Call Number IDA @ john @ Serial 122
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Author Rybnikova, N.A.; Portnov, B.A.
Title (down) Using light-at-night (LAN) satellite data for identifying clusters of economic activities in Europe Type Journal Article
Year 2015 Publication Letters in Spatial and Resource Sciences Abbreviated Journal Lett. Spatial & Resource Sci.
Volume 8 Issue 3 Pages 307–334
Keywords Remote Sensing; Economic activities; Clusters; Satellite photometry; Light-at-night; Europe; Nomenclature of Territorial Units for Statistics; C13; C38; O52; Economics
Abstract Enterprises organized in clusters are often efficient in stimulating urban development, productivity and profit outflows. Identifying the clusters of economic activities thus becomes an important step in devising regional development policies, aimed at the formation of clusters of economic activities in geographic areas in which this objective is desirable. However, a major problem with the identification of such clusters stems from limited reporting by individual countries and administrative entities on the regional distribution of specific economic activities, especially for small regional subdivisions. In this study, we test a possibility that missing data on geographic concentrations of economic activities in the European NUTS3 regions can be reconstructed using light-at-night satellite measurements, and that such reconstructed data can then be used for cluster identification. The matter is that light-at-night, captured by satellite sensors, is characterized by different intensity, depending on its source—production facilities, services, etc. As a result, light-at-night can become a marker of different types of economic activities, a hypothesis that the present study confirms. In particular, as the present analysis indicates, average light-at-night intensities emitted from NUTS3 regions help to explain up to 94 % variance in the areal density of several types of economic activities, performing especially well for professional, scientific and technical services (R^2=0.742−0.939), public administration (R^2=0.642−0.934), as well as for arts, entertainment and recreation (R^2=0.718−0.934). As a result, clusters of these economic activities can be identified using light-at-night data, thus helping to supplement missing information and assist regional analysis.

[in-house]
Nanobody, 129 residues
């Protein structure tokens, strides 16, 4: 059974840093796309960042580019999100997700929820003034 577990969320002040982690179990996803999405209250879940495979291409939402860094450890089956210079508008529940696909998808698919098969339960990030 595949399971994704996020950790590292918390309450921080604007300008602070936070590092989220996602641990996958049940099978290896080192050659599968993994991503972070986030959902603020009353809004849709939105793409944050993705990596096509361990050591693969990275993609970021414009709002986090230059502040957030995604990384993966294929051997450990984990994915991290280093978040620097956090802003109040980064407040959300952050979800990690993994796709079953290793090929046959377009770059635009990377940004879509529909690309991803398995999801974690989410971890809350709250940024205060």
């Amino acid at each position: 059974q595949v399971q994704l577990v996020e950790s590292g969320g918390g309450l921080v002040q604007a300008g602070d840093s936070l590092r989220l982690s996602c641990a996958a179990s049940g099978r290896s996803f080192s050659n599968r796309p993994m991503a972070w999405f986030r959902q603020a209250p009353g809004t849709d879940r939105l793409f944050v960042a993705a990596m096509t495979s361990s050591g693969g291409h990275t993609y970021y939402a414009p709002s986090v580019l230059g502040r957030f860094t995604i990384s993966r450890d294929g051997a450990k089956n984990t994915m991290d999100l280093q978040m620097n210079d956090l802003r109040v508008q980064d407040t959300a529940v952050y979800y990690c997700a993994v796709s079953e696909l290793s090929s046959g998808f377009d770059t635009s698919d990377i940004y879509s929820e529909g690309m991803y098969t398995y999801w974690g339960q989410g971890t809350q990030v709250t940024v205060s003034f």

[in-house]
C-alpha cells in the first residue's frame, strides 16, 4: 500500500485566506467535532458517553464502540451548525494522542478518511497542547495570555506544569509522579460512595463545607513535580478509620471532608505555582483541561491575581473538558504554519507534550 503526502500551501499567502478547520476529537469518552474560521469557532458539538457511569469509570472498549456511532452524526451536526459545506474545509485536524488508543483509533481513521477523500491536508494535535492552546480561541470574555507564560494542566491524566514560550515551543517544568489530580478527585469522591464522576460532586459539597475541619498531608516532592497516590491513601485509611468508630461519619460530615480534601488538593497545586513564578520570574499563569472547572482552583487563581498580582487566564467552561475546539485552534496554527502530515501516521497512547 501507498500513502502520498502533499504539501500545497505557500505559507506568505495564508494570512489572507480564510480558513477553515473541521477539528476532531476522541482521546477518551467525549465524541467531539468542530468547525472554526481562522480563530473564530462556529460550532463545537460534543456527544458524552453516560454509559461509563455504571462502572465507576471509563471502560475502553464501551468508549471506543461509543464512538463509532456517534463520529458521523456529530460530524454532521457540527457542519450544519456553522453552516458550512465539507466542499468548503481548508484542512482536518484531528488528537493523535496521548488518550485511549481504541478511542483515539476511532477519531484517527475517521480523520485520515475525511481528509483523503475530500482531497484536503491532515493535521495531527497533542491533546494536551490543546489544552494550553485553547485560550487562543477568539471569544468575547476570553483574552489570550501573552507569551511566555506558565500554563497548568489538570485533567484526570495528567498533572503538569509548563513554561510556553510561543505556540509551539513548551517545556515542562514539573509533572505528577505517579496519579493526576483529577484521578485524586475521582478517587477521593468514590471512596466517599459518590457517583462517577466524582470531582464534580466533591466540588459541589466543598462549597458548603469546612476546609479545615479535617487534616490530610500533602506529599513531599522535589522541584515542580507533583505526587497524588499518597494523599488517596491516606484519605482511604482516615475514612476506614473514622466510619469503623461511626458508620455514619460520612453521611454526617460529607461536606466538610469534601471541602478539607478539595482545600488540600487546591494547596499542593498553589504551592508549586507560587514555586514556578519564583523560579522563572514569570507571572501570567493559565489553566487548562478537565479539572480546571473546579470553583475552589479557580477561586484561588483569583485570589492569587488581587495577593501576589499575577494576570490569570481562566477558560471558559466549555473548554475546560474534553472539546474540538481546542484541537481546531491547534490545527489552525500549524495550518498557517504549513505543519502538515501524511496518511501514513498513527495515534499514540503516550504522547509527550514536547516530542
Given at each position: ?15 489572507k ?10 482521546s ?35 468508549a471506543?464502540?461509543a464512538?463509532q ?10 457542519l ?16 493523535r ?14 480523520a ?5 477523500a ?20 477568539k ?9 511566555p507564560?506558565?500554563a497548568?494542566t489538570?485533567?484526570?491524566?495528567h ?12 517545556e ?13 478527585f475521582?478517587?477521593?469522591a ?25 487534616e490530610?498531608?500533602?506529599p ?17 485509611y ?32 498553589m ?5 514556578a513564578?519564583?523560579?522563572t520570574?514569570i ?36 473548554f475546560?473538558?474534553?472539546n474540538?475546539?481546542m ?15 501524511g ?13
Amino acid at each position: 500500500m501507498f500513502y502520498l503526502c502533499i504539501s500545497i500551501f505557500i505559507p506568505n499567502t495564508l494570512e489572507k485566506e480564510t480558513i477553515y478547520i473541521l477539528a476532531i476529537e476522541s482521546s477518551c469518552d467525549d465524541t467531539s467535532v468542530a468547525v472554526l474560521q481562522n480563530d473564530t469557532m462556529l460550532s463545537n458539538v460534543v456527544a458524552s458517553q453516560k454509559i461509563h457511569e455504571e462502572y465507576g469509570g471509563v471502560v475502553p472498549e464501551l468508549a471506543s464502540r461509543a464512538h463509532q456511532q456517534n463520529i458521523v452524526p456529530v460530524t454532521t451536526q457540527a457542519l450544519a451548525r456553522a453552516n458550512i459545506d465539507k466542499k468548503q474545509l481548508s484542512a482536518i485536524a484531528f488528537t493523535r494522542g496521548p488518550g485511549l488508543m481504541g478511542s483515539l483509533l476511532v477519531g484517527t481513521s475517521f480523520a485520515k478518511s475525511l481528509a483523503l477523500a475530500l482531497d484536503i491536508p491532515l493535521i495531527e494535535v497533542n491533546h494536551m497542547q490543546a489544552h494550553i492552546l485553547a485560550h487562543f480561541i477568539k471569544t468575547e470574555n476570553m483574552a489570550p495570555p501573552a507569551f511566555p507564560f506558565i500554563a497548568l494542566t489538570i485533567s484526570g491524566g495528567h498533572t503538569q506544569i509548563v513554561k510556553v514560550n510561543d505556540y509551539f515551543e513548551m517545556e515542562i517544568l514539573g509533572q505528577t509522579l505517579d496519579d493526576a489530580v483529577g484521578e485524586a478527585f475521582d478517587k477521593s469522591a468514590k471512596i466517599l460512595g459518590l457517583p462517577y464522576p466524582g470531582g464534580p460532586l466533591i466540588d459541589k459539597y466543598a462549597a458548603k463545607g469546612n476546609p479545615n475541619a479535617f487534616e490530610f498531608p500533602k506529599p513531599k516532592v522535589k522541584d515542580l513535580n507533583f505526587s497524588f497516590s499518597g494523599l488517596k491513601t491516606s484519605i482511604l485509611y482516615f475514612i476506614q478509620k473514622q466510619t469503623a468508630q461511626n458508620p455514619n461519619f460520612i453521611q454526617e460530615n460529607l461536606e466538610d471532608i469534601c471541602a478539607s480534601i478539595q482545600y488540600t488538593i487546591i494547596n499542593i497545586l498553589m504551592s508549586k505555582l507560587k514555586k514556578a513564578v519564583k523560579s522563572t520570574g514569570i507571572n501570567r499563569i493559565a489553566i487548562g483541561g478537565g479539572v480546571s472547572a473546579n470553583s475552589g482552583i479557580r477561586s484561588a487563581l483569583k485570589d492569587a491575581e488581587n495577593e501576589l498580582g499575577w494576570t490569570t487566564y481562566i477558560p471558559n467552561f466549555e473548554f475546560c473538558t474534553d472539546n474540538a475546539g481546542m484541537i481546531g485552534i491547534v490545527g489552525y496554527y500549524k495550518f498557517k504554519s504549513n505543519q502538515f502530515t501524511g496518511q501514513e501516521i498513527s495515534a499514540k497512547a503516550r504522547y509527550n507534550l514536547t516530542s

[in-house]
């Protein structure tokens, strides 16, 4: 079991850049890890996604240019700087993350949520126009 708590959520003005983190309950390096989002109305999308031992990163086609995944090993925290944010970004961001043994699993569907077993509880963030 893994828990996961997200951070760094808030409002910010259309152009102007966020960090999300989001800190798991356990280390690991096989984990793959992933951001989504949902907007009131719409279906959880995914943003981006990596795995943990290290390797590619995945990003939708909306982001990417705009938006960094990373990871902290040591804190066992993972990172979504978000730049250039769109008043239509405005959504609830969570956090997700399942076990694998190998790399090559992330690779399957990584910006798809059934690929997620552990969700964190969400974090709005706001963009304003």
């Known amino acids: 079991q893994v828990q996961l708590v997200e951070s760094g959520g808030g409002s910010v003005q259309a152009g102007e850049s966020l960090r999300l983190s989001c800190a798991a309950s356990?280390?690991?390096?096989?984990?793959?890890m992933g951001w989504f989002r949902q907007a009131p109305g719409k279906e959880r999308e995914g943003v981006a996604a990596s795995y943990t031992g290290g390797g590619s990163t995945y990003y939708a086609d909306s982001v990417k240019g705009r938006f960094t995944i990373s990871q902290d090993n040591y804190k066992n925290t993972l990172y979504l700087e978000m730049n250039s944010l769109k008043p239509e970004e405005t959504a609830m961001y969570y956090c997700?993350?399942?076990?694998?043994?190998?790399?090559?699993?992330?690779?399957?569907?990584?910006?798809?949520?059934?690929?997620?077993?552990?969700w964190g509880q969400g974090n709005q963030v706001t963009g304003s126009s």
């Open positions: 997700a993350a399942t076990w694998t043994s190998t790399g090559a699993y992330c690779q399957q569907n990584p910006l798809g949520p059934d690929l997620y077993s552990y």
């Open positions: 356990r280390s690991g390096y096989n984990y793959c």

Address Department of Natural Resources and Environmental Management, Faculty of Management, University of Haifa, 31805, Mt. Carmel, Israel; Portnov@research.haifa.ac.il
Corporate Author Thesis
Publisher Springer Place of Publication Editor
Language English Summary Language English Original Title
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Notes Approved no
Call Number IDA @ john @ Serial 1148